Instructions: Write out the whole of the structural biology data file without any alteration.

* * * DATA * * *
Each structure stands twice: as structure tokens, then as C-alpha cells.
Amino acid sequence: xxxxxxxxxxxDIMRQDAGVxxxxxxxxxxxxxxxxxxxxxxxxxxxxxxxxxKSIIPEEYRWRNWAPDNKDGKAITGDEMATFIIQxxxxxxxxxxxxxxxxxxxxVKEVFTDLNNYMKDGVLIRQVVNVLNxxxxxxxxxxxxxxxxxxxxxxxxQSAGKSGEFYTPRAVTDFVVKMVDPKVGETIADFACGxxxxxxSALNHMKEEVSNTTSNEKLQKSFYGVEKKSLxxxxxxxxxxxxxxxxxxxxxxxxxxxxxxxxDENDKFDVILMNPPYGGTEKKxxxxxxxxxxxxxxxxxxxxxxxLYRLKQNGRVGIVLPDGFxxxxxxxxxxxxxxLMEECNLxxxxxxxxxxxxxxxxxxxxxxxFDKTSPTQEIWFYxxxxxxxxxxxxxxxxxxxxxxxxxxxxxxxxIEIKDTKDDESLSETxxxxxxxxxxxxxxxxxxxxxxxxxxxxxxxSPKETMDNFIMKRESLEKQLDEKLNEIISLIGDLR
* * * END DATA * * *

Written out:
Each structure stands twice: as structure tokens, then as C-alpha cells.
Amino acid sequence: xxxxxxxxxxxDIMRQDAGVxxxxxxxxxxxxxxxxxxxxxxxxxxxxxxxxxKSIIPEEYRWRNWAPDNKDGKAITGDEMATFIIQxxxxxxxxxxxxxxxxxxxxVKEVFTDLNNYMKDGVLIRQVVNVLNxxxxxxxxxxxxxxxxxxxxxxxxQSAGKSGEFYTPRAVTDFVVKMVDPKVGETIADFACGxxxxxxSALNHMKEEVSNTTSNEKLQKSFYGVEKKSLxxxxxxxxxxxxxxxxxxxxxxxxxxxxxxxxDENDKFDVILMNPPYGGTEKKxxxxxxxxxxxxxxxxxxxxxxxLYRLKQNGRVGIVLPDGFxxxxxxxxxxxxxxLMEECNLxxxxxxxxxxxxxxxxxxxxxxxFDKTSPTQEIWFYxxxxxxxxxxxxxxxxxxxxxxxxxxxxxxxxIEIKDTKDDESLSETxxxxxxxxxxxxxxxxxxxxxxxxxxxxxxxSPKETMDNFIMKRESLEKQLDEKLNEIISLIGDLR